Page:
|The Stone City Art Colony and School 1932-1933
Helen Johnson Hinrichsen
Helen Johnson Hinrichsen (1896-1983) - student
Born in Springfield, Illinois and raised in Chicago, Helen Hinrichsen began her lifelong art career by enrolling at the Art Institute of Chicago. In her final year at the Institute, Hinrichsen taught painting while maintaining a private studio and designing movie sets. She then relocated to New York City, where she worked for the advertising firm of Fleischmann Company and took classes at the Art Students League. After a brief stay on the East Coast, she moved back to Chicago and began doing illustrations for children’s books and commercial magazines.
When her main employer relocated to Davenport, Helen followed suit and created artwork for the company magazine of Federal System of Bakeries. After a ten-year break to raise her two daughters, she returned to art and attended the Stone City Art Colony’s 1932-33 sessions. Hinrichsen chose to live in one of the famed ice wagons and became friends with both Wood and the painter, John Steuart Curry, an Art Institute classmate and colony visitor. The two became the subjects of sketches, later -- portraits, and the inspiration for her painting called “The Rotundities,” which won fourth place in the 1934 Art Salon at the Iowa State Fair.
In 1936, Hinrichsen approached the Davenport City Council with the idea to create a mural celebrating the city’s centennial. An old bank building being remodeled for a new Walgreen Drug Store proved to be the perfect canvas. Helen gathered over fifty people, including the mayor, to pose as models for the project; funding was secured through WPA financing in March 1936. With a deadline of July 1, Hinrichsen got the aid of Davenport artist and fellow colony member John Bloom, who did charcoal drawings from her sketches. The painting, roughly thirty feet long and eight feet high, was unveiled on a day that featured sweltering heat, a long parade, and a citizen march to the site.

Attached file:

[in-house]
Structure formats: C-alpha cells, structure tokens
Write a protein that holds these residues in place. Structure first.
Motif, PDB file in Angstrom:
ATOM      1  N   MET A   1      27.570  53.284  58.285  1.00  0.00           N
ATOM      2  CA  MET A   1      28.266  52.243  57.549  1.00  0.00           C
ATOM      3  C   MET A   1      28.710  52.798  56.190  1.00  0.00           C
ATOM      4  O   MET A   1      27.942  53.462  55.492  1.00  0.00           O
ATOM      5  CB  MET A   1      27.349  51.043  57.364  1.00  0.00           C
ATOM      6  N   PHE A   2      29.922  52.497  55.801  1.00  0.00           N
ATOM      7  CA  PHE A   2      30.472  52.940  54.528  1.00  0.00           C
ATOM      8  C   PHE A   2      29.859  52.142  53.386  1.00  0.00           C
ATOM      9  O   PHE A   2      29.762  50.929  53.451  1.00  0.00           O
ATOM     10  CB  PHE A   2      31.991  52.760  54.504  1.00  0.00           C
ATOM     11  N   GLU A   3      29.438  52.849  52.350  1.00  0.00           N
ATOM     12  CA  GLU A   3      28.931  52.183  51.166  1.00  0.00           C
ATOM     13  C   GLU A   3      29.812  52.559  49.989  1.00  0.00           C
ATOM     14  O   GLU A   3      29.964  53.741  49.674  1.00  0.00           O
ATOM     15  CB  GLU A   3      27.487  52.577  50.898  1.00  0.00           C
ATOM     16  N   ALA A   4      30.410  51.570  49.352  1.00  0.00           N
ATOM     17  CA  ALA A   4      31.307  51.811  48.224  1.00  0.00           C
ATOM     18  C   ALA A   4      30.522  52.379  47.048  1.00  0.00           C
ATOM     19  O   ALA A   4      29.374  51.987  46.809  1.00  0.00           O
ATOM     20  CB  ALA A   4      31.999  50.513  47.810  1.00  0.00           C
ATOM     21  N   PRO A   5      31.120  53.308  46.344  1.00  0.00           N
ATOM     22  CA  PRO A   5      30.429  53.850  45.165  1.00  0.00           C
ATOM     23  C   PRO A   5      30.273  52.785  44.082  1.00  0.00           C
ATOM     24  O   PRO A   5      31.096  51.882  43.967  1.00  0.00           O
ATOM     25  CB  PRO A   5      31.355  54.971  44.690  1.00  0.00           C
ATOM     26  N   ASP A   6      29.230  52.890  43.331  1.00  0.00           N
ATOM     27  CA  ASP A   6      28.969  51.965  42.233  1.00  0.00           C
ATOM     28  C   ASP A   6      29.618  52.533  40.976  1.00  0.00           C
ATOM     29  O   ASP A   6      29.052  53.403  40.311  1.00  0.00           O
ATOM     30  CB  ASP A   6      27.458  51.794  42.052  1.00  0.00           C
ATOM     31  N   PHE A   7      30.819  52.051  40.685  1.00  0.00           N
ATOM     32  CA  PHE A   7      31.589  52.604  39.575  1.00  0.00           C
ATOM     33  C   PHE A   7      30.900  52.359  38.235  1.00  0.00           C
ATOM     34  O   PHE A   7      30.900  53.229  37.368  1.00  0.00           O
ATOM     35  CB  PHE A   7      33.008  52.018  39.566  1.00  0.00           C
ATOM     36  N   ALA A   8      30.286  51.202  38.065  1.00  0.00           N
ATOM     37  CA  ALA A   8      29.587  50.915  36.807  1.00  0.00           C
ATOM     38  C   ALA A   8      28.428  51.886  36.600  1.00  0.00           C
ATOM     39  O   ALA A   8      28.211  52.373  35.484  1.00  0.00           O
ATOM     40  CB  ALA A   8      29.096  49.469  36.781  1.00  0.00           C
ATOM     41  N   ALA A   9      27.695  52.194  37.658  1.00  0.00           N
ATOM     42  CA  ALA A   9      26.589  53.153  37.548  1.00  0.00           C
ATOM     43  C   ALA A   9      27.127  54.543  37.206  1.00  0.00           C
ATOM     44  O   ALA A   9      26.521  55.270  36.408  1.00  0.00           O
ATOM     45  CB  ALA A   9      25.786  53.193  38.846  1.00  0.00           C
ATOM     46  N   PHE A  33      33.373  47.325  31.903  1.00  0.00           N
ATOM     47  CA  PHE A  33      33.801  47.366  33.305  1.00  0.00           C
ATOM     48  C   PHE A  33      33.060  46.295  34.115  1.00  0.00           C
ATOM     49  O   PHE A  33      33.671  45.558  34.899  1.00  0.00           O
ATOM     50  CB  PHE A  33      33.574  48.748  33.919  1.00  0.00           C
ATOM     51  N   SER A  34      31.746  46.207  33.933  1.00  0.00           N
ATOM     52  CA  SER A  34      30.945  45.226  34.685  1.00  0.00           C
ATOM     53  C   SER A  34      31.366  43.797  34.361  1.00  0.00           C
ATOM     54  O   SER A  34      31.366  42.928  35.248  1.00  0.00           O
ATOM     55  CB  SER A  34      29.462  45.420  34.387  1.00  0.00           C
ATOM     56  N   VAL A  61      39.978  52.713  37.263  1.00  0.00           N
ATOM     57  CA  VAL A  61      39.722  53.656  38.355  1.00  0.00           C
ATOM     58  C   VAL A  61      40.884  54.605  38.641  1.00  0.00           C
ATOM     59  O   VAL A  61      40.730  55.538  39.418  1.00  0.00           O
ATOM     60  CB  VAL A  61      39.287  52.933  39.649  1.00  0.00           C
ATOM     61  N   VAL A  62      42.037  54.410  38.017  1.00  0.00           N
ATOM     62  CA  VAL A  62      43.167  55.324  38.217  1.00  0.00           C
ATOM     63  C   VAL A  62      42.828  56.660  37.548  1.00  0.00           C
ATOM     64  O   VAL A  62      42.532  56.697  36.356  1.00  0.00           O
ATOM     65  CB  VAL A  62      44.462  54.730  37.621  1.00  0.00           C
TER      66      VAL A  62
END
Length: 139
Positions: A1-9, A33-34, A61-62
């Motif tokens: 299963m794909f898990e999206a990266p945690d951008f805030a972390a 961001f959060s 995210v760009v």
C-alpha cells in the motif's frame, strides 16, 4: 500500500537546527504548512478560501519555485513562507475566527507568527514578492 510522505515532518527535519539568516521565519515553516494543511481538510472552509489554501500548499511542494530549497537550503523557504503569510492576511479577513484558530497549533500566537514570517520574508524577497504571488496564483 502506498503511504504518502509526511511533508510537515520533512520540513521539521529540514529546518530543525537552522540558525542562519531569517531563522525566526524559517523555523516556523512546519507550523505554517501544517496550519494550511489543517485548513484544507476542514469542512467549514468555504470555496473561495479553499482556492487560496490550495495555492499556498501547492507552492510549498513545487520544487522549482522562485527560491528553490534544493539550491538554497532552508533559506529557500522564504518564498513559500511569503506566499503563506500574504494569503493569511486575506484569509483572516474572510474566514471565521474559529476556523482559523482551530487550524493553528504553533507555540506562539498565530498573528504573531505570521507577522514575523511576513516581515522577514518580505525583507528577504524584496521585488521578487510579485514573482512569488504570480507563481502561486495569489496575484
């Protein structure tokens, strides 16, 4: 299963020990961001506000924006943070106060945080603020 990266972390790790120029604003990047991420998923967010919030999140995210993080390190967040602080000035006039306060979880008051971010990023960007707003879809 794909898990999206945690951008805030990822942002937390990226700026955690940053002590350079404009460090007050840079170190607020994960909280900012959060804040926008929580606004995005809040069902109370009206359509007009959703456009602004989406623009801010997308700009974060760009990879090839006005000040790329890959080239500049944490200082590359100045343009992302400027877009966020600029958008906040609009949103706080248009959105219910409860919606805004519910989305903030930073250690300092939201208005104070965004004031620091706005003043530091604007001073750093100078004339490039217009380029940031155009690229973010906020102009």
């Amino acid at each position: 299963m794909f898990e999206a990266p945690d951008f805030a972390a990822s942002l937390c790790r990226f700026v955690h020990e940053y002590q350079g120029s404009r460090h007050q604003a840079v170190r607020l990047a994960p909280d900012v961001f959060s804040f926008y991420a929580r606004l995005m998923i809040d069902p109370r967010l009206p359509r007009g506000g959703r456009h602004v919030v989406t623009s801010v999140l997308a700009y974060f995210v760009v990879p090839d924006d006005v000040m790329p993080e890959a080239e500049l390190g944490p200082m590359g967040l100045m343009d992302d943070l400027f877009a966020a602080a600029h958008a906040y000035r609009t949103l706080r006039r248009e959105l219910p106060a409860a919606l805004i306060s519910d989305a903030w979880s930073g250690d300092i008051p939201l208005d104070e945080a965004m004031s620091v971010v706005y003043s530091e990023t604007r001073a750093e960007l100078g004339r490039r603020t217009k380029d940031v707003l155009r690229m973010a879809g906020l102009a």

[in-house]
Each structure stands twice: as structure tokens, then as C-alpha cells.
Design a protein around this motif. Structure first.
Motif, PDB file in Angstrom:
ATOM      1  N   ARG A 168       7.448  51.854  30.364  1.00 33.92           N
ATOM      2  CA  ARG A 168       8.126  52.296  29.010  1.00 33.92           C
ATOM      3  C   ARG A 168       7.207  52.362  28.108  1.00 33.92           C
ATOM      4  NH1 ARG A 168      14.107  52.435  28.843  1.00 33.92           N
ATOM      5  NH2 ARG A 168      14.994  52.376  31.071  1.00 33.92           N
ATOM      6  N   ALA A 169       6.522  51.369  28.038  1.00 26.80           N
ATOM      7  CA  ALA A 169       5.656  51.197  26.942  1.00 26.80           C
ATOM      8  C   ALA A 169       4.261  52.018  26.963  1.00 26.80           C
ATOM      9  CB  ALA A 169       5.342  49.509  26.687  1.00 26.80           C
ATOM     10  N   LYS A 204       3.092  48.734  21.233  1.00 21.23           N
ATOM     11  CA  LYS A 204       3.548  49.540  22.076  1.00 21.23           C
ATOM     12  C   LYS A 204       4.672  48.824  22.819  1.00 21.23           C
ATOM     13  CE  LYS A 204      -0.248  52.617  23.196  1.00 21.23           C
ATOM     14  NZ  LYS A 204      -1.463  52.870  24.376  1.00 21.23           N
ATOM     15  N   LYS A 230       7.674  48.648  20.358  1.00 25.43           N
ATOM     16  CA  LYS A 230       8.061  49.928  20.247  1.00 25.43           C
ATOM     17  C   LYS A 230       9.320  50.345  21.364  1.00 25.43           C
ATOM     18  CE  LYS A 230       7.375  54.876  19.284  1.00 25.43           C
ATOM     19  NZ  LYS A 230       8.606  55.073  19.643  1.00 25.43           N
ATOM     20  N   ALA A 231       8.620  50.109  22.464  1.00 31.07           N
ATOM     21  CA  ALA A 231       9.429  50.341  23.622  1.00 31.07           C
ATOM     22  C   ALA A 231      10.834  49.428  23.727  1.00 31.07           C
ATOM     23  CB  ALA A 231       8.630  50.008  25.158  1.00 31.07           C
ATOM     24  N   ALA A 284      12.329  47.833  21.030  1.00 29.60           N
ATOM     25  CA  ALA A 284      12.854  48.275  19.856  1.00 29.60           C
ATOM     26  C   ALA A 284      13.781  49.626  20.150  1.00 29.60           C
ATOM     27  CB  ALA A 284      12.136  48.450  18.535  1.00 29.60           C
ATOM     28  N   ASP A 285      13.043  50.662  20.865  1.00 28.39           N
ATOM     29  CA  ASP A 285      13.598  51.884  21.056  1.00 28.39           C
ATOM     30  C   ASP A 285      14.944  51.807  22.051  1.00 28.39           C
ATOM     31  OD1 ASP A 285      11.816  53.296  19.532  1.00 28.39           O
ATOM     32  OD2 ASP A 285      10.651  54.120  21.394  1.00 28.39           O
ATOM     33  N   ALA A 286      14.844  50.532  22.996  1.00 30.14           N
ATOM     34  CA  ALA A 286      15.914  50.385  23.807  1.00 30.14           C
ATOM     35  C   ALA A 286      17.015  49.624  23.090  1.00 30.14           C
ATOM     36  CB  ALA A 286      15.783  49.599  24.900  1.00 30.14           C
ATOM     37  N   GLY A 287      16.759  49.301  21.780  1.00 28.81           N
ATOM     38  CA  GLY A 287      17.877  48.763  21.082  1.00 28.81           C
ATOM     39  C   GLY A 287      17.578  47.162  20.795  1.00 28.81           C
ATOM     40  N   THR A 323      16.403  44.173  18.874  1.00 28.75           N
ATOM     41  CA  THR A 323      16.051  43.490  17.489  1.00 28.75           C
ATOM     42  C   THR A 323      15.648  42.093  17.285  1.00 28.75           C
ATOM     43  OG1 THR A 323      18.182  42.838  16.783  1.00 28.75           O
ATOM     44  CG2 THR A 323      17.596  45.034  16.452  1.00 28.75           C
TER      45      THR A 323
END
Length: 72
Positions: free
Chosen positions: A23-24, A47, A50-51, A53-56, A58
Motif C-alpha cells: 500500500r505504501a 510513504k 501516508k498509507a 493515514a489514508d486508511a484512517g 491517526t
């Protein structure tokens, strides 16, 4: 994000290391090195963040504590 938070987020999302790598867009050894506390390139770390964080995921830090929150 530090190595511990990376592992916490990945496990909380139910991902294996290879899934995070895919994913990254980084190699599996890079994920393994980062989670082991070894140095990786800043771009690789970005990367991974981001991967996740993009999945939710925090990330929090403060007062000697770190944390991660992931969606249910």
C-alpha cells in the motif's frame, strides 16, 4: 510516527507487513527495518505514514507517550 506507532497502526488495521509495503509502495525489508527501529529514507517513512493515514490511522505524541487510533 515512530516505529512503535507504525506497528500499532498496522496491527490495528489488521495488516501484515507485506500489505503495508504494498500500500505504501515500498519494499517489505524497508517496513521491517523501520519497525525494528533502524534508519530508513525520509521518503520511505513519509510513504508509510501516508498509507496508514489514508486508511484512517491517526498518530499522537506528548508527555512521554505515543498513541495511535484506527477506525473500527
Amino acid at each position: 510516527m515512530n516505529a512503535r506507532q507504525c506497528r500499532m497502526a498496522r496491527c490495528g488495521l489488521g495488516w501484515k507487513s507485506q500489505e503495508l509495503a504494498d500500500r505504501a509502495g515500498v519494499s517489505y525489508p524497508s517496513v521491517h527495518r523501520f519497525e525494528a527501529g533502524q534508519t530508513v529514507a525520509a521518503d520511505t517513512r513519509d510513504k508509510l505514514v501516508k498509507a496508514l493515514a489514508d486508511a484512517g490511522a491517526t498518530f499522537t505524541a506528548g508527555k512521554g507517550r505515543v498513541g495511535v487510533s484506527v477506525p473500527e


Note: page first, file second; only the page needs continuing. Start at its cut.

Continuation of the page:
Hinrichsen’s career as a freelance artist (1938-1970s) was complimented by a wide range of exhibitions, including: the “Iowa Speaks” exhibit (ca.1930); Iowa Art Salon, Iowa State Fair Awards (1932-34; second place in figures  and fourth in figures ); the Iowa Federation of Women’s Clubs (1932); and the Great Hall, Iowa State University, Ames. In 1937, she completed a mural for the city of Cherokee, Iowa called the “Prairie Pioneer.” This project was independent of the WPA and Treasury art programs. A member of the Tri-City Art League, Hinrichsen volunteered as an instructor for the Davenport Municipal Art Gallery and was featured in Who’s Who in American Art, 1938-39. She remained active as a professional artist and varied her mediums to include painting, lithography, block painting, and Cliches Verres, a French technique created from painting or drawing on glass and then placing paper under the glass and exposing it to sunshine.
Active in Quad-Cities art circles, Helen was a member of the Friends of Art for the Davenport Art Museum, Studio 15 (Bettendorf, Iowa), and chaired committees for the Davenport Beaux Arts Ball. She remained in Davenport and died there in October 1983.
"Pink Petunia," Hinrichsen's featured image, was the product of a 1941 art lesson that Helen gave to her nine-year-old neighbor girl, Jane Miller Towner. While a petunia sat on her art table, the artist gathered Jane's water-based, poster paint and showed Towner a few, basic painting techniques. The painting, owned by Towner's nephew, Timothy Johnson, was first publicly displayed at the 2008 Grant Wood Art Festival, and was recently gifted to the Davenport Public Library in Davenport, Iowa.
Online Resources for Helen Johnson Hinrichsen:
Bauman Conservation, River Forest, Illinois. "2006 Participating Institutions:#154: Helen J. Hinrichsen, "Davenport Centennial Mural: 1836-1936." Available: www.baumanconservation.com/members33.html
Pink Petunia, the painting created for a child's art lesson. Image courtesy of Timothy Johnson, Madison, Wisconsin.
Helen Hinrichsen painting famous Davenport mural, 1936.
Photo courtesy of Davenport Art Museum, Davenport, Iowa.
When Tillage Begins: The Stone City Art Colony and School
Researcher & Author: Kristy Raine